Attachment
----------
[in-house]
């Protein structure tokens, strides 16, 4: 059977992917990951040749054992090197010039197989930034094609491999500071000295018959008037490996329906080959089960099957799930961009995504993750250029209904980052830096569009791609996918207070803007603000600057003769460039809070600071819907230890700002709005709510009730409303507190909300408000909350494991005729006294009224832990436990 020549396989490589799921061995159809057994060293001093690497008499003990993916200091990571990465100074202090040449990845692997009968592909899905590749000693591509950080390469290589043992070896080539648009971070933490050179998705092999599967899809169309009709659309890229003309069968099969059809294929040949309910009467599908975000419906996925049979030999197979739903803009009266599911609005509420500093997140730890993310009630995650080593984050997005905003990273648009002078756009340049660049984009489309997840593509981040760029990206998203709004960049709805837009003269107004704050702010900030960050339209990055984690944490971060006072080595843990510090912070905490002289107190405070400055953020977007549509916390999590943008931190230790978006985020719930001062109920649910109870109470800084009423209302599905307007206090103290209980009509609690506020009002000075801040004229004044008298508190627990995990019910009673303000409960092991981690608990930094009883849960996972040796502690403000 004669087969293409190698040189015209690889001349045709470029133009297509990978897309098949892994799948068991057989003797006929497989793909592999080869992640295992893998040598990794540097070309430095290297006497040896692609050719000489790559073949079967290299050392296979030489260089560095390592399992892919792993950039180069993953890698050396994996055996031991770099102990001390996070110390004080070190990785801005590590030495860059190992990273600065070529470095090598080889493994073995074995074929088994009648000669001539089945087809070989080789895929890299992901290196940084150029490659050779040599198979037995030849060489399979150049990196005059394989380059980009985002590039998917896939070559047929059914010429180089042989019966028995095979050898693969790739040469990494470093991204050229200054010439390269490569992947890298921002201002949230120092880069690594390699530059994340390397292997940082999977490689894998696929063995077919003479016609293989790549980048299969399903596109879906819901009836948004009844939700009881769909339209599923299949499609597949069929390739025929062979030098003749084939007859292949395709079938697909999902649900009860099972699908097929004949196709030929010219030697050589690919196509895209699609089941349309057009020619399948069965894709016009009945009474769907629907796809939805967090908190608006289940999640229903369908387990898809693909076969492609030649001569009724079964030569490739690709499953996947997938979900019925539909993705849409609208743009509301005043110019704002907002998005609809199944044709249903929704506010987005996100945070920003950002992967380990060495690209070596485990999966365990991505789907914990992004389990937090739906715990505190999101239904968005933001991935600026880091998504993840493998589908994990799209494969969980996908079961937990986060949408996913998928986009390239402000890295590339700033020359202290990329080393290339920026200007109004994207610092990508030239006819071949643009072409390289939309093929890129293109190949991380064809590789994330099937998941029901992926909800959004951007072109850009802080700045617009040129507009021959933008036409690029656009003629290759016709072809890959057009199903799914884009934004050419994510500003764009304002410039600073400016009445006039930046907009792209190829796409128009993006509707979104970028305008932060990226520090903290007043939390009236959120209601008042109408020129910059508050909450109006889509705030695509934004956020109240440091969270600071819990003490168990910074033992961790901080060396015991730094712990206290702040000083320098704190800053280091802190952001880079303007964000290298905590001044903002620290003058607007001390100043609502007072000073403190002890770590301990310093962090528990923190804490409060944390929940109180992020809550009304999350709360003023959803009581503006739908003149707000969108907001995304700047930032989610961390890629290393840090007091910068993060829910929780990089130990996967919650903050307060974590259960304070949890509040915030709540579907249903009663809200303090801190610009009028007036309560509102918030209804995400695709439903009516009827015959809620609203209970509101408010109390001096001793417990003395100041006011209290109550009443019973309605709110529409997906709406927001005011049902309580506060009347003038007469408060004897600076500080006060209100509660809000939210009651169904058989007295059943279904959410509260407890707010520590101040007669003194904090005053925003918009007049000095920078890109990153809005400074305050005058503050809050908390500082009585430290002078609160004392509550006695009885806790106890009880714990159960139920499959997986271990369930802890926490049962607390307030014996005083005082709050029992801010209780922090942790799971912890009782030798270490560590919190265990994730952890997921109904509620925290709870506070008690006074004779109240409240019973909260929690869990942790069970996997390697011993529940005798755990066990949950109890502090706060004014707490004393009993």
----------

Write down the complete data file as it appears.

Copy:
[in-house]
């Protein structure tokens, strides 16, 4: 059977992917990951040749054992090197010039197989930034094609491999500071000295018959008037490996329906080959089960099957799930961009995504993750250029209904980052830096569009791609996918207070803007603000600057003769460039809070600071819907230890700002709005709510009730409303507190909300408000909350494991005729006294009224832990436990 020549396989490589799921061995159809057994060293001093690497008499003990993916200091990571990465100074202090040449990845692997009968592909899905590749000693591509950080390469290589043992070896080539648009971070933490050179998705092999599967899809169309009709659309890229003309069968099969059809294929040949309910009467599908975000419906996925049979030999197979739903803009009266599911609005509420500093997140730890993310009630995650080593984050997005905003990273648009002078756009340049660049984009489309997840593509981040760029990206998203709004960049709805837009003269107004704050702010900030960050339209990055984690944490971060006072080595843990510090912070905490002289107190405070400055953020977007549509916390999590943008931190230790978006985020719930001062109920649910109870109470800084009423209302599905307007206090103290209980009509609690506020009002000075801040004229004044008298508190627990995990019910009673303000409960092991981690608990930094009883849960996972040796502690403000 004669087969293409190698040189015209690889001349045709470029133009297509990978897309098949892994799948068991057989003797006929497989793909592999080869992640295992893998040598990794540097070309430095290297006497040896692609050719000489790559073949079967290299050392296979030489260089560095390592399992892919792993950039180069993953890698050396994996055996031991770099102990001390996070110390004080070190990785801005590590030495860059190992990273600065070529470095090598080889493994073995074995074929088994009648000669001539089945087809070989080789895929890299992901290196940084150029490659050779040599198979037995030849060489399979150049990196005059394989380059980009985002590039998917896939070559047929059914010429180089042989019966028995095979050898693969790739040469990494470093991204050229200054010439390269490569992947890298921002201002949230120092880069690594390699530059994340390397292997940082999977490689894998696929063995077919003479016609293989790549980048299969399903596109879906819901009836948004009844939700009881769909339209599923299949499609597949069929390739025929062979030098003749084939007859292949395709079938697909999902649900009860099972699908097929004949196709030929010219030697050589690919196509895209699609089941349309057009020619399948069965894709016009009945009474769907629907796809939805967090908190608006289940999640229903369908387990898809693909076969492609030649001569009724079964030569490739690709499953996947997938979900019925539909993705849409609208743009509301005043110019704002907002998005609809199944044709249903929704506010987005996100945070920003950002992967380990060495690209070596485990999966365990991505789907914990992004389990937090739906715990505190999101239904968005933001991935600026880091998504993840493998589908994990799209494969969980996908079961937990986060949408996913998928986009390239402000890295590339700033020359202290990329080393290339920026200007109004994207610092990508030239006819071949643009072409390289939309093929890129293109190949991380064809590789994330099937998941029901992926909800959004951007072109850009802080700045617009040129507009021959933008036409690029656009003629290759016709072809890959057009199903799914884009934004050419994510500003764009304002410039600073400016009445006039930046907009792209190829796409128009993006509707979104970028305008932060990226520090903290007043939390009236959120209601008042109408020129910059508050909450109006889509705030695509934004956020109240440091969270600071819990003490168990910074033992961790901080060396015991730094712990206290702040000083320098704190800053280091802190952001880079303007964000290298905590001044903002620290003058607007001390100043609502007072000073403190002890770590301990310093962090528990923190804490409060944390929940109180992020809550009304999350709360003023959803009581503006739908003149707000969108907001995304700047930032989610961390890629290393840090007091910068993060829910929780990089130990996967919650903050307060974590259960304070949890509040915030709540579907249903009663809200303090801190610009009028007036309560509102918030209804995400695709439903009516009827015959809620609203209970509101408010109390001096001793417990003395100041006011209290109550009443019973309605709110529409997906709406927001005011049902309580506060009347003038007469408060004897600076500080006060209100509660809000939210009651169904058989007295059943279904959410509260407890707010520590101040007669003194904090005053925003918009007049000095920078890109990153809005400074305050005058503050809050908390500082009585430290002078609160004392509550006695009885806790106890009880714990159960139920499959997986271990369930802890926490049962607390307030014996005083005082709050029992801010209780922090942790799971912890009782030798270490560590919190265990994730952890997921109904509620925290709870506070008690006074004779109240409240019973909260929690869990942790069970996997390697011993529940005798755990066990949950109890502090706060004014707490004393009993």